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TitleHunting for Quaternary faults in eastern Canada: a critical appraisal of two potential candidates
AuthorPinet, N; Lamontagne, MORCID logo; Duchesne, M JORCID logo; Brake, V I
SourceSeismological Research Letters vol. 92, issue 2, 2020 p. 1102-1111,
Alt SeriesNatural Resources Canada, Contribution Series 20200506
PublisherSeismological Society of America
Mediapaper; on-line; digital
File formatpdf; html
ProvinceQuebec; New Brunswick
NTS11L; 11M; 12E; 12L; 21I; 21J; 21K; 21L; 21M; 21N; 21O; 21P; 22A; 22B; 22C; 22D; 22E; 22F; 22G; 22H; 22I; 22J; 22K; 22L
AreaBaie-Saint-Paul; Tadoussac; St. Lawrence River; Péninsule de la Gaspésie; Anticosti Island; Sept-Îles; Gulf of St. Lawrence
Lat/Long WENS -71.5000 -63.8333 50.5000 46.6667
Subjectsgeophysics; marine geology; structural geology; tectonics; Science and Technology; Nature and Environment; Health and Safety; earthquakes; bedrock geology; structural features; faults; landforms; scarps; escarpments; geophysical surveys; seismic surveys, marine; acoustic surveys, marine; bathymetry; tectonic history; displacement; Holocene; Lower St. Lawrence Seismic Zone; St. Lawrence Fault; Phanerozoic; Cenozoic; Quaternary
Illustrationslocation maps; geoscientific sketch maps; seismic profiles; cross-sections; 3-D images
Released2020 12 23
AbstractThis study documents two potential neotectonic features in the seismically active St. Lawrence estuary and western part of the Gulf of St. Lawrence of Quebec (Canada). Historically, the region is the locus of series of damaging earthquakes, including the M 7 1663 earthquake, which suggests the occurrence of co-seismic ruptures beneath the St. Lawrence River. In the western Gulf of St. Lawrence (Lower St. Lawrence seismic zone), a potential fault scarp identified on a vintage seismic profile has been investigated through high resolution seismic and multibeam bathymetry data. On the seafloor, the scarp corresponds to a ~ 1.8 m high (maximum) feature that is located above a buried escarpment of the Paleozoic bedrock. Holocene units are draping over the escarpment on one profile, but are possibly cut on two others. The scarp meets several of the criteria generally associated with neotectonic features. However, a close look at the data indicates that the staircase geometry of the top of the bedrock and its expression at surface are linked, at least partially, with the presence of an erosion-resistant unit. This makes a neotectonic reactivation possible but not proven. In the Tadoussac area, ~ 40 km north of Charlevoix seismic zone, the offshore extension of the St-Laurent fault corresponds to a ~110 m high bathymetric escarpment with well-preserved triangular facets. Such 'fresh' morphology is unique in the St. Lawrence River Estuary and may attest to Quaternary displacements, yet other interpretations may also explain the unusual preservation of the escarpment. These two case studies illustrate the difficulty to unambiguously document Holocene fault scarps, even in the marine domain where the sedimentary succession is generally continuous.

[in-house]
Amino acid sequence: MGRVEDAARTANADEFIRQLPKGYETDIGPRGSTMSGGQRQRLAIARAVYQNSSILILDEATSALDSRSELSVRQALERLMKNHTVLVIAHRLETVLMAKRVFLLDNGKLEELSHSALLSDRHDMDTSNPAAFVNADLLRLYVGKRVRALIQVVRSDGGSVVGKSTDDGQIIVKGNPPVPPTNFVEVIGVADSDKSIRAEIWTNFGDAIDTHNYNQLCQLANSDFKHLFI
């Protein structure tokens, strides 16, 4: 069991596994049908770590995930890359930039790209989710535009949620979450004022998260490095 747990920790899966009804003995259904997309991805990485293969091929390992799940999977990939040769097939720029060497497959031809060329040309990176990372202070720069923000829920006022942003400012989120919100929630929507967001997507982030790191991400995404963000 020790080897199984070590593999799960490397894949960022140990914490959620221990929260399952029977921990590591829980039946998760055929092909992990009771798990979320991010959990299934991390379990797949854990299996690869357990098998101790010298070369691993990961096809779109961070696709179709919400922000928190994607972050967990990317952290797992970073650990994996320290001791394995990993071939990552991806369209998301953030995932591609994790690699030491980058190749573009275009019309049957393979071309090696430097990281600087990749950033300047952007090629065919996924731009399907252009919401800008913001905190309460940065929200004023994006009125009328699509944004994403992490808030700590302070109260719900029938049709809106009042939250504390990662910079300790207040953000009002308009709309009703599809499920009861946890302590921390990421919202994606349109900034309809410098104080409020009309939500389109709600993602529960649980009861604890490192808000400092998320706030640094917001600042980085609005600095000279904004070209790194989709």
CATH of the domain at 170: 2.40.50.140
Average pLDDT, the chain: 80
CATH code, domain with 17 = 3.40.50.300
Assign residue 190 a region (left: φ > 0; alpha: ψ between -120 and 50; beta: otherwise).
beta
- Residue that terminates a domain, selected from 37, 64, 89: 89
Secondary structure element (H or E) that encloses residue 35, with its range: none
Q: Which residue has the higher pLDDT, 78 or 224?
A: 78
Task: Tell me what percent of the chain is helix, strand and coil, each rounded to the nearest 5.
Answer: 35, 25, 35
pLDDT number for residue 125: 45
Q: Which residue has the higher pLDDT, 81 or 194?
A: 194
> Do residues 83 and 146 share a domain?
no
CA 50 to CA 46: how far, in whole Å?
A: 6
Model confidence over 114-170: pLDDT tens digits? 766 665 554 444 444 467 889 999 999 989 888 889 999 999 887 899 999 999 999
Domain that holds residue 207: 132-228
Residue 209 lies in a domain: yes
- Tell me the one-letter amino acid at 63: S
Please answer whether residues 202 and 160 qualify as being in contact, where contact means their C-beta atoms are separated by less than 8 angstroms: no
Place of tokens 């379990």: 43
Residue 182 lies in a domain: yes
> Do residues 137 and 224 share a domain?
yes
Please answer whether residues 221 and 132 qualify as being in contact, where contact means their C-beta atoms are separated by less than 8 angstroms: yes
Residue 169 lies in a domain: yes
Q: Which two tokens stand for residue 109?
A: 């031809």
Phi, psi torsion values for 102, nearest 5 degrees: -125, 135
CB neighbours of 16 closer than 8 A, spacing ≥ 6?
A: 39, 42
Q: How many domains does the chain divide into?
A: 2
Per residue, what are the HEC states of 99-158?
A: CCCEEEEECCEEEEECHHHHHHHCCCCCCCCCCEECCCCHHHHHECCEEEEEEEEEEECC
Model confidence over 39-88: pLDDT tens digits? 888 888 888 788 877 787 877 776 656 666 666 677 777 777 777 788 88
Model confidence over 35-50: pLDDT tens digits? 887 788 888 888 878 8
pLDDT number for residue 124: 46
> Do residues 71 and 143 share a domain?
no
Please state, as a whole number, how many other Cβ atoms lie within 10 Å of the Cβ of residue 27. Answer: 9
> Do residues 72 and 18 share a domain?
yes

Summary(Plain Language Summary, not published)
Documenting faults with seismic hazard is difficult, especially in continental settings with relatively low rates of large earthquakes. In this study, two faults with potential Quaternary displacements are documented in the western Gulf of St. Lawrence and in the St. Lawrence Estuary. These faults meet several criteria associated with 'recent' tectonic features, but Quaternary displacements remain hypothetical.

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